The Namie municipal government, acting on behalf of its residents, asked an independent organization on May 29 to more than triple monthly benefits for psychological suffering caused by the Fukushima nuclear accident.
It is the first time a local government has served as an agent for its residents in seeking compensation for the accident, according to lawyers representing the municipality. It was also the largest number of individuals to take part in the submission of an application to the nuclear damage claim dispute resolution center, which was established by the central government.
Of the 21,000 residents of Namie at the time of the 2011 accident at the Fukushima No. 1 nuclear power plant, 11,602 joined the group application submitted to the center.
The municipal government will shoulder the legal expenses involved in the process.
“I want (the central government and Tokyo Electric Power Co.) to realize the direct distress suffered by residents who had to evacuate with only the clothes on their backs, as well as their dissatisfaction, worry and chagrin at having lost everything,” Namie Mayor Tamotsu Baba said at a May 29 news conference in Tokyo.
Under guidelines established by the central government, TEPCO, the operator of the crippled Fukushima plant, has been paying 100,000 yen ($980) a month to each resident who was forced to evacuate. The payments will continue as long as residents lead lives as evacuees.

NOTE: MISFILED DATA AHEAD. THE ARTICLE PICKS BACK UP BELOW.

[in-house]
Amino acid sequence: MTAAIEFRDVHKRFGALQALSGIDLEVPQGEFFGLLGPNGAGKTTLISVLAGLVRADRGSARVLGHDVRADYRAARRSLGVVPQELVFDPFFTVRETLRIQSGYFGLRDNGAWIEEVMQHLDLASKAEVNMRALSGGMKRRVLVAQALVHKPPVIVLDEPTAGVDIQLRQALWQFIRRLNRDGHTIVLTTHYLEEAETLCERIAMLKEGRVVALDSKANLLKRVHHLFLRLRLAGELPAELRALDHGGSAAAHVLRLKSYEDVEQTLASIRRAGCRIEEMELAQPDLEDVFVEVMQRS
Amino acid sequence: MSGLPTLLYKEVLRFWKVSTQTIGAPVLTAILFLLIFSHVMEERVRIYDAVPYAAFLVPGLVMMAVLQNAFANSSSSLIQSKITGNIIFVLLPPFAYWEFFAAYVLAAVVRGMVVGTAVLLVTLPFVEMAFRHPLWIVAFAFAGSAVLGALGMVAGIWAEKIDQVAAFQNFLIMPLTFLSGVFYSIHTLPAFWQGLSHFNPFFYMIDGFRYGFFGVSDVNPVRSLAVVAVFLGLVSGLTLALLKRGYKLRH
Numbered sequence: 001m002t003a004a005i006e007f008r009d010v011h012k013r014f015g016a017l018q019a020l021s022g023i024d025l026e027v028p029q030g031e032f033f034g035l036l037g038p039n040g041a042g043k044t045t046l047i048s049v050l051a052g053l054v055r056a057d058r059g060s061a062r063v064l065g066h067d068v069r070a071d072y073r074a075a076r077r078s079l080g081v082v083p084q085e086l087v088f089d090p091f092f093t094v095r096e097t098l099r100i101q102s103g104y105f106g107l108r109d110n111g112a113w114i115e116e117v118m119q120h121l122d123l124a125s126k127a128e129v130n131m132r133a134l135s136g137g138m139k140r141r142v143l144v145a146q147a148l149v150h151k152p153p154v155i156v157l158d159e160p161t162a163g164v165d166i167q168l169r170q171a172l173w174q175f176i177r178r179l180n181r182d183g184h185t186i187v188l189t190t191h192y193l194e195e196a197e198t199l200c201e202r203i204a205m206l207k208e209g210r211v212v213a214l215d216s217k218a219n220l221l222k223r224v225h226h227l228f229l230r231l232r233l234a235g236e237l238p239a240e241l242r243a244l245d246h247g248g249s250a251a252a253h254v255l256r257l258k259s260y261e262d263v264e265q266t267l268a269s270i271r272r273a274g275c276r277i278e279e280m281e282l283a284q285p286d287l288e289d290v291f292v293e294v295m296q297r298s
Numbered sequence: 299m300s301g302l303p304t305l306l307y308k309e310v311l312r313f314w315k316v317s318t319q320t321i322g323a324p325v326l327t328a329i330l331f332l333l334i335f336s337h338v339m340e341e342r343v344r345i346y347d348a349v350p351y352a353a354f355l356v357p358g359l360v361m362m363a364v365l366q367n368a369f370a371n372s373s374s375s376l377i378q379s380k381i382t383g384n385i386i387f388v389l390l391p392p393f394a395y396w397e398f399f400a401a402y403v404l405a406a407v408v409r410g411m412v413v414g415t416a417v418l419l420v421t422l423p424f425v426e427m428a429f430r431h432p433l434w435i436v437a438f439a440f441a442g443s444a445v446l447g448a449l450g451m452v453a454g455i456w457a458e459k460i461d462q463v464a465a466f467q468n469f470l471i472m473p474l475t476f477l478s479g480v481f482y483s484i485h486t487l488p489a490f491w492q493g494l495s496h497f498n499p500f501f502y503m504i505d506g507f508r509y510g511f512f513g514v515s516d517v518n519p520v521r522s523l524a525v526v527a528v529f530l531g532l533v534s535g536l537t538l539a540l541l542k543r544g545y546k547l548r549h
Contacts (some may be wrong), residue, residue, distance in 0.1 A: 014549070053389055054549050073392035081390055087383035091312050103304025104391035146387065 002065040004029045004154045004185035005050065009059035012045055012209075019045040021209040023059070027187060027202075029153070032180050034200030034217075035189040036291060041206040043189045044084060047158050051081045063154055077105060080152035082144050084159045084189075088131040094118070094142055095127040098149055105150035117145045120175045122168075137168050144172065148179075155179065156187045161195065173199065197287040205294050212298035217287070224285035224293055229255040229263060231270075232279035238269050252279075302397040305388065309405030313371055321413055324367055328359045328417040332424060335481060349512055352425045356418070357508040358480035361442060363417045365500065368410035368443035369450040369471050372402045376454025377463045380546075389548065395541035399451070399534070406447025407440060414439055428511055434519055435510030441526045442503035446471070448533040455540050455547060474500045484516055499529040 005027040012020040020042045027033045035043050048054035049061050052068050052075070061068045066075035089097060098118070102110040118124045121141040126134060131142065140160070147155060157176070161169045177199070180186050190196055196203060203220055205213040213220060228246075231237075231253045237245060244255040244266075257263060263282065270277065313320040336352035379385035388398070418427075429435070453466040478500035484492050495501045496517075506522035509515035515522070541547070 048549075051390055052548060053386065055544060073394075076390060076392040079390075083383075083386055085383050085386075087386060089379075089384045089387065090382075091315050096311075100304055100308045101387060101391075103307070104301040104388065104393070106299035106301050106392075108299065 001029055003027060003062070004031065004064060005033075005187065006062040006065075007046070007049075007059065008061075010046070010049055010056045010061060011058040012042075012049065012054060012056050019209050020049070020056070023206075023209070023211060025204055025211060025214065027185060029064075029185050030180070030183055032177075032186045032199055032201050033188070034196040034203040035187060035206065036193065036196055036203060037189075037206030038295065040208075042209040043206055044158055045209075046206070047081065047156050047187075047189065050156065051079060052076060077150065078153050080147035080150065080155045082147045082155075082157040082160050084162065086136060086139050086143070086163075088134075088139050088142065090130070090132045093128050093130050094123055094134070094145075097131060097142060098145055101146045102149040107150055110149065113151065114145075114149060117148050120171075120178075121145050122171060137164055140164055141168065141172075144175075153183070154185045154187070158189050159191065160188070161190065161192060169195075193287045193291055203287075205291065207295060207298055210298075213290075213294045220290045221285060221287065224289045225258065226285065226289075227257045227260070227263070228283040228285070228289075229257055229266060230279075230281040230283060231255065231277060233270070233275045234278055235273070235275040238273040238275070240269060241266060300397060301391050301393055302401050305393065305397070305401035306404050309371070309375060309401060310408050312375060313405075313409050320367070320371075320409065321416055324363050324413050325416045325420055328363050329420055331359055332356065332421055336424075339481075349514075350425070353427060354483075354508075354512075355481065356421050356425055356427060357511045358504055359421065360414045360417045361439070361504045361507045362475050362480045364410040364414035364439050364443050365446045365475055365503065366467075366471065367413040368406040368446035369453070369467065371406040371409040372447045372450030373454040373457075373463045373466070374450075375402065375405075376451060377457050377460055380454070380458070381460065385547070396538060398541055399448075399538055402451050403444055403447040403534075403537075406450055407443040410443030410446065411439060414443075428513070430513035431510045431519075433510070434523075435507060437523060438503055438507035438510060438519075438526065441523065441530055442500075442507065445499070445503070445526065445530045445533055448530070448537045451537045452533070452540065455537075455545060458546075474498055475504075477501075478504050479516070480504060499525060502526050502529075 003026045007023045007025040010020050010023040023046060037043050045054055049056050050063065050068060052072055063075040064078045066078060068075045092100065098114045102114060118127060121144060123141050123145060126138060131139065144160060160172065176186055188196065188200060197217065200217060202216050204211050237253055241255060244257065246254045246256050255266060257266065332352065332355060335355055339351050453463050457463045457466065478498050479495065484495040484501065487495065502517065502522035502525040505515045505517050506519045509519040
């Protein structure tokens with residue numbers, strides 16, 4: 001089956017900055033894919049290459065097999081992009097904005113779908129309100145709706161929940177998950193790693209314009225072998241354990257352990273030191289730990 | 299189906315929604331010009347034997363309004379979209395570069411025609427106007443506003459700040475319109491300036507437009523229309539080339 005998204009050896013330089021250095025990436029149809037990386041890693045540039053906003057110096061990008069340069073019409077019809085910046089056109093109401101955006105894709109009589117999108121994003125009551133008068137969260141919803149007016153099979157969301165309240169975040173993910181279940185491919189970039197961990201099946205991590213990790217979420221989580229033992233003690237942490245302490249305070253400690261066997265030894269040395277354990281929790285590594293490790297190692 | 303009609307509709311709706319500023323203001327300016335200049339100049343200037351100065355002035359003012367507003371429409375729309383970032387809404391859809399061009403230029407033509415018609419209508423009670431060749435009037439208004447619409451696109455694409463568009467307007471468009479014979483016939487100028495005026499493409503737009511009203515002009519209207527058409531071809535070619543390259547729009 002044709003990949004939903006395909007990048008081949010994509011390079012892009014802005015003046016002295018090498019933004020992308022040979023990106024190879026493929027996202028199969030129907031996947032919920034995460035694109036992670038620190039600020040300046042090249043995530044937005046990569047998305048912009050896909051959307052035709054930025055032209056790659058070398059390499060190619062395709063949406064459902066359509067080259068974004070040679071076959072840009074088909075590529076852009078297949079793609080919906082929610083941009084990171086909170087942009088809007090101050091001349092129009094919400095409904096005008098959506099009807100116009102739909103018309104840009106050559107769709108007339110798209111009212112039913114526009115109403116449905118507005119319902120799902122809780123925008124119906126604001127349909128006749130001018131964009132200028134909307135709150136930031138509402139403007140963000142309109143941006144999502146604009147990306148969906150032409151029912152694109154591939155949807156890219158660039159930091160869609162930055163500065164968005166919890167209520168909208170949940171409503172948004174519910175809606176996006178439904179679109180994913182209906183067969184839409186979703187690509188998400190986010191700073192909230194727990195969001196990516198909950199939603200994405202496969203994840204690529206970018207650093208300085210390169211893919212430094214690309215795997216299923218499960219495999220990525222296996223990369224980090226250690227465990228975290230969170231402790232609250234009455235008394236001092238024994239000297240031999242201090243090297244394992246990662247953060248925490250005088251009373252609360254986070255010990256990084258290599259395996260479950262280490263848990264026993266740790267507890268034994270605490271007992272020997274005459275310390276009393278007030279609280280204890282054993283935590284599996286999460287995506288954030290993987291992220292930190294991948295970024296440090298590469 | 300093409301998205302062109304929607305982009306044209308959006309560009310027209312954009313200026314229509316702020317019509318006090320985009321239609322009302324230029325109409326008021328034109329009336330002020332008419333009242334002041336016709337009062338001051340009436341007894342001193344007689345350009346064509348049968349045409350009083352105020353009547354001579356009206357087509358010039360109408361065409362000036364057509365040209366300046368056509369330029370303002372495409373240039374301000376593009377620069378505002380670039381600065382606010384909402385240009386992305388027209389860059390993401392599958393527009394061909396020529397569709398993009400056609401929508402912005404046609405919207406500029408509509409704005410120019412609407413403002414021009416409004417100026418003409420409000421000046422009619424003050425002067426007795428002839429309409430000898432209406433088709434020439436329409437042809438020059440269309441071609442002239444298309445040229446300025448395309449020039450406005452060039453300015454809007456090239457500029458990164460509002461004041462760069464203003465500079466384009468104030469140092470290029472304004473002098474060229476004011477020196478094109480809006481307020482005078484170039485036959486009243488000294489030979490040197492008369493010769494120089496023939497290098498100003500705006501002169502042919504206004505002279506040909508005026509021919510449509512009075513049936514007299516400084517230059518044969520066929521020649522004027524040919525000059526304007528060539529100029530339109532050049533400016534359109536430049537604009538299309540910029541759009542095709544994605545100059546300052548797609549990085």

The figure was arrived at by referring to the approximately 120,000 yen monthly benefit that is paid through automobile liability insurance to those who are hospitalized as a result of traffic accidents.
In its request, the Namie municipal government argued that the figure was too low because it did not take into account the terrible damage caused by the nuclear accident, which forced residents to evacuate and broke up communities built up over many years. The application asked that monthly compensation for psychological duress be increased to 350,000 yen.
“We will respond seriously in the course of mediation procedures seeking a settlement,” a TEPCO official said.
Many residents took part because there is still no indication on when they will be able to return to the homes they fled from more than two years ago.
Lawyers for the municipal government conducted a survey in which about 5,000 residents replied. About 3,100 said they were still suffering, with about 70 percent of them saying the main reason was uncertainty about their futures.
“It’s not about the money,” one resident who evacuated to Nihonmatsu, also in Fukushima Prefecture, said. “I want to show TEPCO, which caused this to happen, what the situation is like with the continued effects of the damage.”
- « Prev
- Next »